Directs the President, in applying such authority, to cover all categories of carbon and steel alloy products, to avoid distortions among those categories, and to include all exporting countries and customs unions from which there are or have been surges in exports of those products to the United States. Terminates the authority of the President to carry out such actions:
(1) five years after the effective date of this Act; or
(2) at the close of the first, second, third, or fourth anniversary of such date unless the President submits a specified affirmative annual determination before each such anniversary to the House Ways and Means Committee and the Senate Finance Committee. Defines an affirmative annual determination as a determination by the President that during the past year the steel industry has:
(1) committed substantially all of its net cash flow from carbon and alloy steel product operations for purposes of reinvestment in, and modernization of, that industry; and
(2) taken sufficient action to maintain its international competitiveness.
Prohibits the President from finding compliance with the reinvestment and modernization requirement unless:
(1) each major company with significant reinvestment or modernization needs has committed all of its net cash flow (except that required for retraining) from carbon and alloy steel product operations during the applicable 12-month period to meet those needs; and
(2) each major company that has or reasonably anticipates significant unemployment in such operations has committed for the applicable 12 - month period not less than one percent of such net cash flow to the retraining of workers, including those laid off at any time since January 1, 1982.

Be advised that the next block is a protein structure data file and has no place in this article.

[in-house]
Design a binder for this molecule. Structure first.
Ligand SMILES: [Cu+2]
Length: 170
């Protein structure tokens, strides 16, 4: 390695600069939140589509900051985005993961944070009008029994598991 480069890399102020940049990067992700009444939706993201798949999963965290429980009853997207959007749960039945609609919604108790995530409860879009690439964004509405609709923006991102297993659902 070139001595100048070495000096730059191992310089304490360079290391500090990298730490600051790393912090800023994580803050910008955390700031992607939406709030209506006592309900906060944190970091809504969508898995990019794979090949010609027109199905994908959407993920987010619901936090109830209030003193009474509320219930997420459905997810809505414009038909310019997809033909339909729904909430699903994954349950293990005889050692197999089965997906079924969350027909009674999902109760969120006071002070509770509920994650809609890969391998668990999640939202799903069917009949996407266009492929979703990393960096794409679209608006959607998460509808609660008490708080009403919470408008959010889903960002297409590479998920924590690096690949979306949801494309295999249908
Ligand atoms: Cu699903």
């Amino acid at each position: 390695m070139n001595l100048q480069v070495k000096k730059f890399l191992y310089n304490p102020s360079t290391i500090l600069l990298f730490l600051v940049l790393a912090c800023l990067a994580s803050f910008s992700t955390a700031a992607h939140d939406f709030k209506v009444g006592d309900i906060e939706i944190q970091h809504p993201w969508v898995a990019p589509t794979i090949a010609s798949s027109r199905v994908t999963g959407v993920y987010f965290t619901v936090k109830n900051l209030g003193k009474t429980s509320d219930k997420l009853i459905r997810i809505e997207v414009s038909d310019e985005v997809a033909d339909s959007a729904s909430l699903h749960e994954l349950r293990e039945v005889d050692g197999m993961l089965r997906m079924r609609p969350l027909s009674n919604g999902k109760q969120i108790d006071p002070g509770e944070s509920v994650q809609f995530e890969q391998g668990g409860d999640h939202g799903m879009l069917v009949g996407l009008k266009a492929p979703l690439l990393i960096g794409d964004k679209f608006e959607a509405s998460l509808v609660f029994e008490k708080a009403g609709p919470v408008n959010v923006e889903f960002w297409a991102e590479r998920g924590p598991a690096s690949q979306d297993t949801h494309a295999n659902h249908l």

Directs the President in making such determination to take into account such information as may be available from the U.S. International Trade Commission and other appropriate sources.
Directs the Secretary of Labor to report to Congress, within six months of the effective date of this Act, a plan for assisting workers in communities that are adversely affected by imports of carbon and alloy steel products.
Amends the Trade Act of 1974 to extend through FY 1987 trade adjustment assistance for workers and firms.

House Republican Conference Summary

The summary below was written by the House Republican Conference, which is the caucus of Republicans in the House of Representatives.

No summary available.

House Democratic Caucus Summary

The House Democratic Caucus does not provide summaries of bills.

So, yes, we display the House Republican Conference’s summaries when available even if we do not have a Democratic summary available. That’s because we feel it is better to give you as much information as possible, even if we cannot provide every viewpoint.

We’ll be looking for a source of summaries from the other side in the meanwhile.

Use the comment space below for discussion of the merits of H.R. 6301 (98th) with other GovTrack users.
Your comments are not read by Congressional staff.

comments powered by Disqus